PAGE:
In a move that could teach vendors in different sectors a thing or two about the benefits of so-called co-opetition, the companies said they plan to provide customers with out-of-the-box integration between their tools that, brings together two software leaders with the common goal of facilitating software interoperability for organizations with multi-CAD environments.
The firms noted that lots of companies in the manufacturing space source products from more than one vendor. Today’s manufacturers are under increased pressure to get high quality products to market faster, with increased efficiencies and lower costs to the consumer, they said. As part of this effort, many have adopted a multi-CAD strategy, either internally between departments or externally with partners and supply chains.
The interoperability agreement is aimed at making it simpler for those organizations. Specifically, PTC will be able to use Autodesk’s RealDWG software development toolkit, while PTC’s products will be interoperable with Autodesk Inventor 3D software for the manufacturing industry.
Similarly, Autodesk can use PTC’s Granite 3D modeling and interoperability kernel to provide enhanced integration with Pro/Engineer, PTC’s integrated 3D CAD/CAM/CAE software.
We understand that our customers use a mix of products in their workflow and providing them with the flexibility they need to get their jobs done is our priority, said Robert Kross, VP of manufacturing solutions at Autodesk in a statement.
PTC recognizes that manufacturers manage complex business processes which often include heterogeneous design environments, said Brian Shepherd, divisional vice president, product management at PTC.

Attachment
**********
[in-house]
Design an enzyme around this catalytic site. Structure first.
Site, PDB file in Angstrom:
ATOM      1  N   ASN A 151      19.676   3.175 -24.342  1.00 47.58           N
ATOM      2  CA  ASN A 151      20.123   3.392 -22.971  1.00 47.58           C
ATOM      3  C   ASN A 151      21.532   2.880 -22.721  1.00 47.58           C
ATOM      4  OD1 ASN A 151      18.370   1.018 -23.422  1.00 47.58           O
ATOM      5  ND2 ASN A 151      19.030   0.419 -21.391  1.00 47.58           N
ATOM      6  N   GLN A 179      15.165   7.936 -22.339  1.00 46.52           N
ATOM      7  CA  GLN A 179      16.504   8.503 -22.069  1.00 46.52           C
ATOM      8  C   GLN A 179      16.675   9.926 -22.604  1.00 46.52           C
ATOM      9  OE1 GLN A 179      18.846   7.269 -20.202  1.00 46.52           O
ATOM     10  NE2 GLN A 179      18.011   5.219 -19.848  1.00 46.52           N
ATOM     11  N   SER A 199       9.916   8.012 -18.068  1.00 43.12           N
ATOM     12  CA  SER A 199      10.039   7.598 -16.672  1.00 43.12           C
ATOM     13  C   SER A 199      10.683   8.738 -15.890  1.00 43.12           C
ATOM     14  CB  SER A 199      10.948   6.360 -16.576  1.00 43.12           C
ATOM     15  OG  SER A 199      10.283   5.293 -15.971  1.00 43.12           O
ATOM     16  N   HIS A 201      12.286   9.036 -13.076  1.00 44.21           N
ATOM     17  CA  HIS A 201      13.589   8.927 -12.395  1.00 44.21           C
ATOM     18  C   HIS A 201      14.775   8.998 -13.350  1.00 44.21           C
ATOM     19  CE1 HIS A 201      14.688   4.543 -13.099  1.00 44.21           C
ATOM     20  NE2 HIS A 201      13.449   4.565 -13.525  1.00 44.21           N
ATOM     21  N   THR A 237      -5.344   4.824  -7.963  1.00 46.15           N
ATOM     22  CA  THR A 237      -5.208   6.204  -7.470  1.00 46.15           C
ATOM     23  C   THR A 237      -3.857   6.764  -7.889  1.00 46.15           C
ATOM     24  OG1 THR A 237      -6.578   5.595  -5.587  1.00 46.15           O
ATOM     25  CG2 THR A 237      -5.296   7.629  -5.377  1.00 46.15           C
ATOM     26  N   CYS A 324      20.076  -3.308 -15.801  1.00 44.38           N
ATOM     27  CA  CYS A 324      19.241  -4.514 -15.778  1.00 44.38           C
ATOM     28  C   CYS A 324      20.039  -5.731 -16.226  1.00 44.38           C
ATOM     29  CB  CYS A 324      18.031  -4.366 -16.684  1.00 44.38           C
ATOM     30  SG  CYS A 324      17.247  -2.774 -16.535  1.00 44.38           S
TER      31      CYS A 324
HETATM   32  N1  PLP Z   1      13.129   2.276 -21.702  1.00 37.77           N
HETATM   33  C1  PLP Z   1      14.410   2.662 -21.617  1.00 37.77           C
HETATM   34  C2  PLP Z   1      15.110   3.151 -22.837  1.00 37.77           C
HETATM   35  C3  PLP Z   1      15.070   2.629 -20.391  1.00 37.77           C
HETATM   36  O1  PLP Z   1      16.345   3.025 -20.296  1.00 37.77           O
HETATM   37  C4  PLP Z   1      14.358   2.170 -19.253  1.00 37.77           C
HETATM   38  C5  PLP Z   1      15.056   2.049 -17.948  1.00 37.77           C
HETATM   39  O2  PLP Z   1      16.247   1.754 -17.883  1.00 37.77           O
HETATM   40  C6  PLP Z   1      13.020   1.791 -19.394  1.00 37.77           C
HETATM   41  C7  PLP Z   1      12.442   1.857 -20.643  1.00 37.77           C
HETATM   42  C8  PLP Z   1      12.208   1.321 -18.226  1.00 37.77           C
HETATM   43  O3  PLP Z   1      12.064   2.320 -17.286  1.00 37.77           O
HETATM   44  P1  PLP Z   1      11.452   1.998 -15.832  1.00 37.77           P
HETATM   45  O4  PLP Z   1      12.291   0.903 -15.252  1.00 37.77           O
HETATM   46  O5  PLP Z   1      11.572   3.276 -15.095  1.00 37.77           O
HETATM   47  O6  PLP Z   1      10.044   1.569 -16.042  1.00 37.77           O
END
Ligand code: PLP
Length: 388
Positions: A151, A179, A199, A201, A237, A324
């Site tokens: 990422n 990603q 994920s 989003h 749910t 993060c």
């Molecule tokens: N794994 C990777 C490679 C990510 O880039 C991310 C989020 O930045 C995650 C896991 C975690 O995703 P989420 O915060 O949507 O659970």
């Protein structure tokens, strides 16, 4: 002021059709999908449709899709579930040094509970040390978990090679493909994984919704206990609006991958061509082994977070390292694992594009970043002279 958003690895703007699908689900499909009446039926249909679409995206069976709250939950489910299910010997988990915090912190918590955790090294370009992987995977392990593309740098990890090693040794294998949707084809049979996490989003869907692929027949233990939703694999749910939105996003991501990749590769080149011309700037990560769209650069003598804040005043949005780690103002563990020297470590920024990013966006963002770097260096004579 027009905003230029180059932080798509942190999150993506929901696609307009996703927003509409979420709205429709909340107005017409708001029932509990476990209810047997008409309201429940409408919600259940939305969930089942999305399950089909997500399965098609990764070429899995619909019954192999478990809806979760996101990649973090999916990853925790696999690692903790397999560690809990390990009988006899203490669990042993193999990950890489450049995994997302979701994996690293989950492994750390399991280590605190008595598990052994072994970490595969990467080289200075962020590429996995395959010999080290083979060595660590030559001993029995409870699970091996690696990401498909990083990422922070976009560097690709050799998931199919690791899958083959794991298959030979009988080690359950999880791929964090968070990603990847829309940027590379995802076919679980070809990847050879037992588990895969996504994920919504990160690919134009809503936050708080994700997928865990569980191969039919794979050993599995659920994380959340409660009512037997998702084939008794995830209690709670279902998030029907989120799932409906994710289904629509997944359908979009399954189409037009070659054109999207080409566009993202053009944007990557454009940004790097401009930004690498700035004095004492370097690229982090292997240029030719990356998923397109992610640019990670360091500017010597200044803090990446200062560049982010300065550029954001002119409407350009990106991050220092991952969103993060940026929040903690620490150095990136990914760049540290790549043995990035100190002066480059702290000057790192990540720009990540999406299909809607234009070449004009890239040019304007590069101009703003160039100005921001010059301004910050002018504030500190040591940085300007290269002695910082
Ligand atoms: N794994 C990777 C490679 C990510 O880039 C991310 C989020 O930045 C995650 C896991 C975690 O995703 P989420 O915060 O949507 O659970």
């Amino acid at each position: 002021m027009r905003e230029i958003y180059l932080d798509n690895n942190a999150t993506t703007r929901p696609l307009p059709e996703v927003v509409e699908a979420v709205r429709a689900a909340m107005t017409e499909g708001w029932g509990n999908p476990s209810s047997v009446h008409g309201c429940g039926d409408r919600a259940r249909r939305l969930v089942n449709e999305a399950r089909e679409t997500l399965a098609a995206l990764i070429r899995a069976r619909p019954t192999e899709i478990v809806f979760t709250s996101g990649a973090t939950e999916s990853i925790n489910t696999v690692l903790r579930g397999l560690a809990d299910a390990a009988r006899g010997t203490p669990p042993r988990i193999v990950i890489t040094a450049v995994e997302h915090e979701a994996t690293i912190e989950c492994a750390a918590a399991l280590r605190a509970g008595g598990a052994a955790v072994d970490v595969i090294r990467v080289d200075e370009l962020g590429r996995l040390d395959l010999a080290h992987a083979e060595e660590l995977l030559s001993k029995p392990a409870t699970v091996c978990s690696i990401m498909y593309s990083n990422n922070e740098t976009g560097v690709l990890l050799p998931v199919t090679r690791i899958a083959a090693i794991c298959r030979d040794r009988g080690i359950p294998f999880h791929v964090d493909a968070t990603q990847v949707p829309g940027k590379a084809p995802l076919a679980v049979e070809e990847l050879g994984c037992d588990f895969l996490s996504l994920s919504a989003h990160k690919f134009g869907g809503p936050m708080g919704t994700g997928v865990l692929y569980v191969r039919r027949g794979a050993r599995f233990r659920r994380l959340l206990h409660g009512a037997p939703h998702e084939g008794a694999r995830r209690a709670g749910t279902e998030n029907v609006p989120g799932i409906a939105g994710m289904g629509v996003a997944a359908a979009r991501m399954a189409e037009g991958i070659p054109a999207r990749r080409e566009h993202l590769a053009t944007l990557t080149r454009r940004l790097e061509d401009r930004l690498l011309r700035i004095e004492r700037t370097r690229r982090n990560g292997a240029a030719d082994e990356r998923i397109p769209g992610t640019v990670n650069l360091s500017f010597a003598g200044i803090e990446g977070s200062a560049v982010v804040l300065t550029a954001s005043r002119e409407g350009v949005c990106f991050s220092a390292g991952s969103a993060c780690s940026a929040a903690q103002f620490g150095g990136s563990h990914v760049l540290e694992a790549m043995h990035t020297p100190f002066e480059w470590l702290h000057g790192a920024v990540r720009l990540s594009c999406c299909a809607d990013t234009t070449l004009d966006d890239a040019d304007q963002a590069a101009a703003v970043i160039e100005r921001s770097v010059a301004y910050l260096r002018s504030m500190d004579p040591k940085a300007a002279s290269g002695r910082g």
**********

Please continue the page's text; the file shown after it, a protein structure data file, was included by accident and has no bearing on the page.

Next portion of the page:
Autodesk and PTC are among the leaders in their field, though Autodesk currently has the upper hand. Autodesk’s market cap on Nasdaq stands at close to $9.5bn while PTC is at around $2bn. Autodesk’s latest results saw sales of $457m, up 21% year on year, while PTC booked sales of $245.5m, up 26%.
Competitors include Dassault Systemes (revenue in its latest quarter rose 29% to 276.3m euros), UGS (bought from EDS by a private equity group made up of Bain Capital, Silver Lake Partners, and Warburg Pincus in March 2004), Agile Software, SofTech, and many more, while there are also a number of open source CAD/CAM offerings emerging.
There’s also a body called the Open Design Alliance, said to be, an association of software developers and users committed to promoting open, industry-standard formats for the exchange of CAD data. It works on component software libraries that are said to enable its members to develop applications capable of reading and writing popular CAD file formats.
Those formats include DWGdirect, based on OpenDWG – an industry standard format that is itself based on the DWG format used in Autodesk’s AutoCAD – and DGNdirect, based on the OpenDGN specification published by Bentley Systems, and compatible with MicroStation.
In related news Autodesk recently won a temporary restraining order against the Open Design Alliance as it alleged that its DWGdirect libraries infringed Autodesk’s trademark for the word Autodesk itself. The Open Design Alliance discontinued its 2.1.0 libraries in favor of 2.1.1 libraries that do not include the code affected by the order.